“Who needs shovels when you have liquid nitrogen?” proclaimed Jerry Whitaker, chair of the Carnegie Science Center board and one of the keynote speakers at the October 25 GroundBOOMing event held on the Science Center’s scenic east lawn, the future site of its new Science Pavilion. Minutes later, lab-coated Science Center staff, backed by a drum roll from the Perry High School band drumline, literally blew up chunks of ground in celebration of what’s to come: a four-story glass structure that boasts 6,000 square feet of STEM Learning Labs that will allow
the Science Center to welcome twice as many kids for camps and classes; a 14,000- square-foot Special Exhibitions Gallery that will host world-class traveling exhibitions; and a top-floor event space for science programs, conferences, and receptions. The expansion is part of Carnegie Museums’ SPARK! A Campaign for Carnegie Science Center, which is also funding two new permanent exhibitions, a new giant-screen digital theater, and endowment. Allegheny County Executive Rich Fitzgerald and City of Pittsburgh Mayor Bill Peduto took the stage, together, to share their enthusiasm for science, technology, engineering, and math (STEM) learning and show their support for the Science Center expansion.
Secrets of the Alcohol House
Thanks to a $500,000 grant from the National Science Foundation, visitors will get a peek inside one of Carnegie Museum of Natural History’s most visually fascinating, scientifically significant, and some might say creepiest collections. The museum’s 19th-century National Historic Registry building, known as the Alcohol House, will become its first ever behind-the-scenes collections space to house an exhibit. It’s the somewhat secret home to 235,000 fluid-preserved amphibian and reptile specimens. But it won’t be secret for long. The award first gives the museum several years to make critical environmental upgrades to ensure the long-term preservation of the massive collection. Then the museum will go about
creating not one but two exhibits, one inside the Alcohol House and one in the galleries.
What makes this collection so deserving? It spans more than 100 years of scientific collecting in 170 countries; it boasts 148 holotypes (a specimen that forever defines a species, usually the first or the most complete discovered); and it includes specimens of five extinct and 78 critically-endangered species. It also includes large historical holdings from areas of the United States and the Caribbean that have suffered deep environmental change, and other areas in the tropical forests of Africa, the Amazon, and South East Asia in the midst of great change. “With ongoing habitat destruction and increased limitations on collecting around the world, the value of this irreplaceable resource will only continue to increase with time,” says Steve Tonsor, the museum’s director of science and research.
Ai Weiwei, Han Dynasty Urn with Coca Cola logo (silver), 2007, private collection, image courtesy Ai Weiwei studio, © Ai Weiwei
Hearing a museum, Out Loud
After months of testing, The Andy Warhol Museum has launched an audio guide designed to be inclusive of all museum visitors. Developed by The Warhol in collaboration with Carnegie Museums’ Innovation Studio, the “Out Loud” app uses low-energy Bluetooth beacons to push out brief stories about museum drawings, paintings, and photographs to visitors as they approach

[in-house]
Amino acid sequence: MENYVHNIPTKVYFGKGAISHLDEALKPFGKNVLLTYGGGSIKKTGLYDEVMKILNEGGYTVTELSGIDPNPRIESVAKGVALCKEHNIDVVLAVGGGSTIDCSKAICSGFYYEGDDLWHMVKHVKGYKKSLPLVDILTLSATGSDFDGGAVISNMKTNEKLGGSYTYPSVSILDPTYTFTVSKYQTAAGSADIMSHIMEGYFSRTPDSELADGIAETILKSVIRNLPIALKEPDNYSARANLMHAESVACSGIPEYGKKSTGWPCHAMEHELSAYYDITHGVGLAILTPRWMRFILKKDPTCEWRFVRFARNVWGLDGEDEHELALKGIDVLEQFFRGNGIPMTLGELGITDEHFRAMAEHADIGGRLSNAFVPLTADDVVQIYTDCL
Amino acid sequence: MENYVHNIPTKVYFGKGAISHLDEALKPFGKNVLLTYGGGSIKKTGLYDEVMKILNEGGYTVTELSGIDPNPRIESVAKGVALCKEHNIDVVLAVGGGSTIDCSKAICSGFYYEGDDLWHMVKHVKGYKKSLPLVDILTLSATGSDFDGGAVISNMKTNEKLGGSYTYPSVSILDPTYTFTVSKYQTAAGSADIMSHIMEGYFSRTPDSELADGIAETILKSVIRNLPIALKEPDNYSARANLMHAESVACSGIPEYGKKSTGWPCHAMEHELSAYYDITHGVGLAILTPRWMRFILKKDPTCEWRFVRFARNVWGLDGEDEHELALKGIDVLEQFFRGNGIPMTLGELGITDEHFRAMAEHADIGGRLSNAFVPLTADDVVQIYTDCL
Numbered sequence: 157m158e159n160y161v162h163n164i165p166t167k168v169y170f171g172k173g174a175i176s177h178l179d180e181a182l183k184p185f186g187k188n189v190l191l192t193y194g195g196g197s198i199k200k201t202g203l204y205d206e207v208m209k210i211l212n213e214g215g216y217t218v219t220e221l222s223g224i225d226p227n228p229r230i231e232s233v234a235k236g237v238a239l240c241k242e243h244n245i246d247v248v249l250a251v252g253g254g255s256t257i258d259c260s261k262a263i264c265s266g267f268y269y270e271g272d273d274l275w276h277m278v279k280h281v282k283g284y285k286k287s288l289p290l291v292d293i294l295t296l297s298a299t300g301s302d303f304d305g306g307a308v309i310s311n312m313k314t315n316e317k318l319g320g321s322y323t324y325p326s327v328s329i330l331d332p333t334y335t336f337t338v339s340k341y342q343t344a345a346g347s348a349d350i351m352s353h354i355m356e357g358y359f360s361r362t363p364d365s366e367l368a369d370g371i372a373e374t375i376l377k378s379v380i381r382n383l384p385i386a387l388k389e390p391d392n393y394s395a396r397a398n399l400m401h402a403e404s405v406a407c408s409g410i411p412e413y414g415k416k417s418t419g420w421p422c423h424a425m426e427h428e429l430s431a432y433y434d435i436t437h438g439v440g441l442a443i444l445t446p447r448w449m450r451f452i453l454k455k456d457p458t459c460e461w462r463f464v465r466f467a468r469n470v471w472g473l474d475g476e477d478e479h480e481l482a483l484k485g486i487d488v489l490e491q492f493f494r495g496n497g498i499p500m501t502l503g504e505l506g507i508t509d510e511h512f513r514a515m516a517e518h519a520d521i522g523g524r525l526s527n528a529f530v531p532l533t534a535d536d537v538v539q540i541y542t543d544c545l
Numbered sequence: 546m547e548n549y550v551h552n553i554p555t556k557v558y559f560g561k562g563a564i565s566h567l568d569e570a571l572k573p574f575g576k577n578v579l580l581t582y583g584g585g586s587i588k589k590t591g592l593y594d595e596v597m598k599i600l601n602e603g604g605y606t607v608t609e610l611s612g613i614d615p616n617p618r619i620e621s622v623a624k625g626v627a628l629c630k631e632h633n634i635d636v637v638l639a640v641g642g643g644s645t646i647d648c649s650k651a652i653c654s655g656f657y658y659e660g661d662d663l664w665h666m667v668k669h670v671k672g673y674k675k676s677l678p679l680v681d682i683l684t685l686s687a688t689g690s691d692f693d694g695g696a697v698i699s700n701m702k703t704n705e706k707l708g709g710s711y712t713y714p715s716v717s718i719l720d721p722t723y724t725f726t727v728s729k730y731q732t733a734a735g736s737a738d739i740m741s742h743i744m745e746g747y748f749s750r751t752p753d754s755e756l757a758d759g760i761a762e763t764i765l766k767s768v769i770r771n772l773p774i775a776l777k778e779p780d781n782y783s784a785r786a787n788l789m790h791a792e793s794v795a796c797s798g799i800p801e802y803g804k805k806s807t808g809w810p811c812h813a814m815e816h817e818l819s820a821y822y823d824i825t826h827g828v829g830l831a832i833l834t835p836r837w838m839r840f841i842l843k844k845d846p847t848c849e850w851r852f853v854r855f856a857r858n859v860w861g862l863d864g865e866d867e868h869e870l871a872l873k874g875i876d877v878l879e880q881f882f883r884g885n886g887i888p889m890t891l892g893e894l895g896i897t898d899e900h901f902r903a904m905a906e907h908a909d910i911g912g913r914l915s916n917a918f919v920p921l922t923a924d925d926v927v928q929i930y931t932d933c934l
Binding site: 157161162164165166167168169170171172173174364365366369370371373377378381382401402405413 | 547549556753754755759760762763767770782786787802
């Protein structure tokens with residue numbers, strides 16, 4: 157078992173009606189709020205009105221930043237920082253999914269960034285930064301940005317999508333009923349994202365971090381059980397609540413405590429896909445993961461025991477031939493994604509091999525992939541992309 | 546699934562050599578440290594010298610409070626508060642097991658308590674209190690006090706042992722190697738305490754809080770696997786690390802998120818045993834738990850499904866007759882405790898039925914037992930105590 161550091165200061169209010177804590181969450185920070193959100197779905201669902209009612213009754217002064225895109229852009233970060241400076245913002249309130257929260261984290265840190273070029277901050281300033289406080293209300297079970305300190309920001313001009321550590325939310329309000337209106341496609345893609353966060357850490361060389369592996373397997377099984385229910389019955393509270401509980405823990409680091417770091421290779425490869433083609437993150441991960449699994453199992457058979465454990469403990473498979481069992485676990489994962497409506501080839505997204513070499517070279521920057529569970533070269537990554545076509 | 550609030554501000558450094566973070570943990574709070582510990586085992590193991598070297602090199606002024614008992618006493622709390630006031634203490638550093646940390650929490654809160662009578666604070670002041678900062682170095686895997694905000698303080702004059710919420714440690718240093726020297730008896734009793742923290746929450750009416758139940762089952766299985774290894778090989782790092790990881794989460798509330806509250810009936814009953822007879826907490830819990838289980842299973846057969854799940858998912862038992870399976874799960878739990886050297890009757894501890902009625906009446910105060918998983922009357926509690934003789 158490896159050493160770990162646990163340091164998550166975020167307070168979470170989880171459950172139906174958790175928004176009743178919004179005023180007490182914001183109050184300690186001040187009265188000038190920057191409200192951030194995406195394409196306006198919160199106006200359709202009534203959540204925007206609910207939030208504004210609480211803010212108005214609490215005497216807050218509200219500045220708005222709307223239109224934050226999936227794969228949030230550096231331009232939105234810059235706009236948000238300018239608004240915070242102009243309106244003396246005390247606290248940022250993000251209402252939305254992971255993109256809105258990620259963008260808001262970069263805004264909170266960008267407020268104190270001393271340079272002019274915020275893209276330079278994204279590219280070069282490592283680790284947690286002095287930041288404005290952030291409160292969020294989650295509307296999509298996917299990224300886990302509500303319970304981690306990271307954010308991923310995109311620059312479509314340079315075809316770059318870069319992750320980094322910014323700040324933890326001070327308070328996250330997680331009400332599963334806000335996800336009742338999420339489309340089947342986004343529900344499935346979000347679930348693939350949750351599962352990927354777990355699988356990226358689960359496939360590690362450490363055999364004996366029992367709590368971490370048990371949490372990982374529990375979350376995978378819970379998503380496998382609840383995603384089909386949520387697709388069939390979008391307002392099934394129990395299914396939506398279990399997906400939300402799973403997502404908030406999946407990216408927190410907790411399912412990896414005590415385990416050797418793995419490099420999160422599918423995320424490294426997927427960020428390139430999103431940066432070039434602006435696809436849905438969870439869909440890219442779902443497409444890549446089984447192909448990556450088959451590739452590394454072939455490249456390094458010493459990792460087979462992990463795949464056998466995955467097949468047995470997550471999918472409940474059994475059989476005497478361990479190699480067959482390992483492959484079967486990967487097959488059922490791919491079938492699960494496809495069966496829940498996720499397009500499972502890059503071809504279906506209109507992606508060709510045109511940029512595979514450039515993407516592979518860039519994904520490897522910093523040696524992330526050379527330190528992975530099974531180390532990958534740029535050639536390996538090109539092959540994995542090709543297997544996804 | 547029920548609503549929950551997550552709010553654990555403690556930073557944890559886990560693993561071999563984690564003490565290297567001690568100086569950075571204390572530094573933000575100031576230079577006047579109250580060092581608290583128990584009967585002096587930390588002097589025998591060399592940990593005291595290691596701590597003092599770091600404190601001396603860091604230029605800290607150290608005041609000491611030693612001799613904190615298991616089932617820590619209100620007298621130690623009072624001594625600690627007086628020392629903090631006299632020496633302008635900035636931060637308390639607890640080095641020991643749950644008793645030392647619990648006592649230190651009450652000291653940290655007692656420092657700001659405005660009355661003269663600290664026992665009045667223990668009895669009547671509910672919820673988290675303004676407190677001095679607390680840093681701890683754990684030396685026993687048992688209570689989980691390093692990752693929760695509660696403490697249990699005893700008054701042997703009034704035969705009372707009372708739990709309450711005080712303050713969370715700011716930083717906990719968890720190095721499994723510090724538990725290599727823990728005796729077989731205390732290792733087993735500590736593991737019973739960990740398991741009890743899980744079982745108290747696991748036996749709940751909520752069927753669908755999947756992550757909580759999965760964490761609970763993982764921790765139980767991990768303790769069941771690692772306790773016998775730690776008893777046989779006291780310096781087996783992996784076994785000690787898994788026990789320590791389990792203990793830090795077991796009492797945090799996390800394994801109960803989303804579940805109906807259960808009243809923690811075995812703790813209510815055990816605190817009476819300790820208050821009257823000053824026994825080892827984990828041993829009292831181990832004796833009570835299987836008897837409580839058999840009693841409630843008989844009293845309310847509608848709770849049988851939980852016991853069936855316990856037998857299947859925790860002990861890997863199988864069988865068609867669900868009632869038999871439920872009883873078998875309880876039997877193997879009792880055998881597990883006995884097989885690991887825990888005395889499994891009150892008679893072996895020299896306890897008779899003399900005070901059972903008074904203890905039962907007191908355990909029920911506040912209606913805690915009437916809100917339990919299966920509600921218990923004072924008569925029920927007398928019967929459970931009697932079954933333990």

the artwork. It offers location-based content, screen-reader optimization, and enlargeable text, and shares audio descriptions of Andy Warhol artworks and stories about Warhol’s life and art as told by scholars, curators, museum staff, and Warhol’s friends and family members, including archival audio. The app’s first iteration highlights a dozen of Warhol’s early works, including three 3D-printed tactile reproductions that let visitors get a sense of the texture, shape, and composition of Warhol’s creations through touch.
“Before we put a single design on paper or wrote a line of code, we talked to community partners who are blind or have low vision about what makes a good museum experience—and a good digital experience,” says Desi Gonzalez, The Warhol’s manager of digital engagement.
And the early reviews are nothing but positive. “I am very proud to live in a city where a gem like The Andy Warhol Museum takes accessibility for all individuals to the next level,” says Erika Arbogast, president of Blind & Vision Rehabilitation Services of Pittsburgh. “Our clients are looking forward to the inclusive audio guide and being able to enjoy the museum utilizing their other senses.” Out Loud is available for free on iTunes, and devices loaded with Out Loud are available to borrow on-site, along with headphones, neck loops, and audio splitters.
"I’ve thought about this for a long time. I’d go there with [my son] Miles, and we’d sit in the café—we spent so much time there, he even learned to walk in the Hall of Dinosaurs. I’d look at this gorgeous space and think about how amazing it would be to run a restaurant here. "
|- Chef Sonja Finn, consulting executive chef for The Café Carnegie, in Pittsburgh magazine. The reimagined café at the Carnegie Museums in Oakland opens in January.
Giving moms their space
Carnegie Museum of Natural History was one of two public places honored recently by the Allegheny County Health Department for making an extra effort to accommodate breastfeeding moms. While mothers are welcome
to feed, nurse, and care for their children anywhere in the museum, the museum’s new breastfeeding private area is a space just for moms, conveniently located near kid-friendly Basecamp Discovery. “We want to be as
welcoming and as inviting to parents with young children as possible,” said Exhibitions Director Becca Shreckengast.